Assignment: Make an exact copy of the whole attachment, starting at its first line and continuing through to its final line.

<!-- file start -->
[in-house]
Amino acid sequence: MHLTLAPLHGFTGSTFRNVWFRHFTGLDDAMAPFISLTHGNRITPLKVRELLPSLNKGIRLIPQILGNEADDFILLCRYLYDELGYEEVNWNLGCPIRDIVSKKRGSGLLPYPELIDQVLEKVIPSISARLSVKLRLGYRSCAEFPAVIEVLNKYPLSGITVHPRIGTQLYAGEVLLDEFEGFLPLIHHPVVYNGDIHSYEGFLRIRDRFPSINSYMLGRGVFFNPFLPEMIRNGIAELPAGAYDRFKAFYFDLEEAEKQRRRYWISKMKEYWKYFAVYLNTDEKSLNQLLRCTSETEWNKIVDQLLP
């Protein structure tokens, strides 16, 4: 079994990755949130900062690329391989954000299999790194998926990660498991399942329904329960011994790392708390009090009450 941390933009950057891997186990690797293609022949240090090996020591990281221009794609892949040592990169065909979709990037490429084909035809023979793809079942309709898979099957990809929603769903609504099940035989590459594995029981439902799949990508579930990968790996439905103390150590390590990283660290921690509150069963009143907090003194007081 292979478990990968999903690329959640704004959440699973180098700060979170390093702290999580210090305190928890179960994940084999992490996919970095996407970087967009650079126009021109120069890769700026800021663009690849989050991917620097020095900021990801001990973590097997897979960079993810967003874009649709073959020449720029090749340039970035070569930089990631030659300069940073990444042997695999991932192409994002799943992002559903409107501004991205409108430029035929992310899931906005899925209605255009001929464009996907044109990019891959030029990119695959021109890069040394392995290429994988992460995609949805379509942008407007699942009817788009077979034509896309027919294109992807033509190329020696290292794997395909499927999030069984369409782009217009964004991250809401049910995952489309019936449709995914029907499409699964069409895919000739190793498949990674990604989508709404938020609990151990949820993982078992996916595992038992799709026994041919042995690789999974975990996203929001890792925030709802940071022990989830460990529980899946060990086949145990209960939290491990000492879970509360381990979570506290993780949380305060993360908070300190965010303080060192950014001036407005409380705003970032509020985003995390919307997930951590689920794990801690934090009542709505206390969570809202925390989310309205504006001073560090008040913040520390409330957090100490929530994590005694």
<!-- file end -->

[in-house]
Amino acid sequence: MHLTLAPLHGFTGSTFRNVWFRHFTGLDDAMAPFISLTHGNRITPLKVRELLPSLNKGIRLIPQILGNEADDFILLCRYLYDELGYEEVNWNLGCPIRDIVSKKRGSGLLPYPELIDQVLEKVIPSISARLSVKLRLGYRSCAEFPAVIEVLNKYPLSGITVHPRIGTQLYAGEVLLDEFEGFLPLIHHPVVYNGDIHSYEGFLRIRDRFPSINSYMLGRGVFFNPFLPEMIRNGIAELPAGAYDRFKAFYFDLEEAEKQRRRYWISKMKEYWKYFAVYLNTDEKSLNQLLRCTSETEWNKIVDQLLP
């Protein structure tokens, strides 16, 4: 079994990755949130900062690329391989954000299999790194998926990660498991399942329904329960011994790392708390009090009450 941390933009950057891997186990690797293609022949240090090996020591990281221009794609892949040592990169065909979709990037490429084909035809023979793809079942309709898979099957990809929603769903609504099940035989590459594995029981439902799949990508579930990968790996439905103390150590390590990283660290921690509150069963009143907090003194007081 292979478990990968999903690329959640704004959440699973180098700060979170390093702290999580210090305190928890179960994940084999992490996919970095996407970087967009650079126009021109120069890769700026800021663009690849989050991917620097020095900021990801001990973590097997897979960079993810967003874009649709073959020449720029090749340039970035070569930089990631030659300069940073990444042997695999991932192409994002799943992002559903409107501004991205409108430029035929992310899931906005899925209605255009001929464009996907044109990019891959030029990119695959021109890069040394392995290429994988992460995609949805379509942008407007699942009817788009077979034509896309027919294109992807033509190329020696290292794997395909499927999030069984369409782009217009964004991250809401049910995952489309019936449709995914029907499409699964069409895919000739190793498949990674990604989508709404938020609990151990949820993982078992996916595992038992799709026994041919042995690789999974975990996203929001890792925030709802940071022990989830460990529980899946060990086949145990209960939290491990000492879970509360381990979570506290993780949380305060993360908070300190965010303080060192950014001036407005409380705003970032509020985003995390919307997930951590689920794990801690934090009542709505206390969570809202925390989310309205504006001073560090008040913040520390409330957090100490929530994590005694």